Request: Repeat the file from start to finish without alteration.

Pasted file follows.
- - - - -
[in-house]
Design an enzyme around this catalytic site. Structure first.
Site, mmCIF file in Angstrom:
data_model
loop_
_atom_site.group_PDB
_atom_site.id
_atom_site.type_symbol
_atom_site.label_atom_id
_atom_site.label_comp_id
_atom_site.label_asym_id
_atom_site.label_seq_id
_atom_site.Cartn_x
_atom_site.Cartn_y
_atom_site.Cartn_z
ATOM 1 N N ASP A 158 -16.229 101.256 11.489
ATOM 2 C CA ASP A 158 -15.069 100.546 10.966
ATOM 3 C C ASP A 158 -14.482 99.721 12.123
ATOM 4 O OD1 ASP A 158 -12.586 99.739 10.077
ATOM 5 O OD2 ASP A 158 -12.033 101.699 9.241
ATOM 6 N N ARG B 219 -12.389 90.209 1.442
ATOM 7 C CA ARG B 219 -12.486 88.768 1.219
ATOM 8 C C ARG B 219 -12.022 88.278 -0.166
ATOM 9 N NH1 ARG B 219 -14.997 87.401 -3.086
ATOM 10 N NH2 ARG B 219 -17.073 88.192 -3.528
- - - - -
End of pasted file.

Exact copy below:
[in-house]
Design an enzyme around this catalytic site. Structure first.
Site, mmCIF file in Angstrom:
data_model
loop_
_atom_site.group_PDB
_atom_site.id
_atom_site.type_symbol
_atom_site.label_atom_id
_atom_site.label_comp_id
_atom_site.label_asym_id
_atom_site.label_seq_id
_atom_site.Cartn_x
_atom_site.Cartn_y
_atom_site.Cartn_z
ATOM 1 N N ASP A 158 -16.229 101.256 11.489
ATOM 2 C CA ASP A 158 -15.069 100.546 10.966
ATOM 3 C C ASP A 158 -14.482 99.721 12.123
ATOM 4 O OD1 ASP A 158 -12.586 99.739 10.077
ATOM 5 O OD2 ASP A 158 -12.033 101.699 9.241
ATOM 6 N N ARG B 219 -12.389 90.209 1.442
ATOM 7 C CA ARG B 219 -12.486 88.768 1.219
ATOM 8 C C ARG B 219 -12.022 88.278 -0.166
ATOM 9 N NH1 ARG B 219 -14.997 87.401 -3.086
ATOM 10 N NH2 ARG B 219 -17.073 88.192 -3.528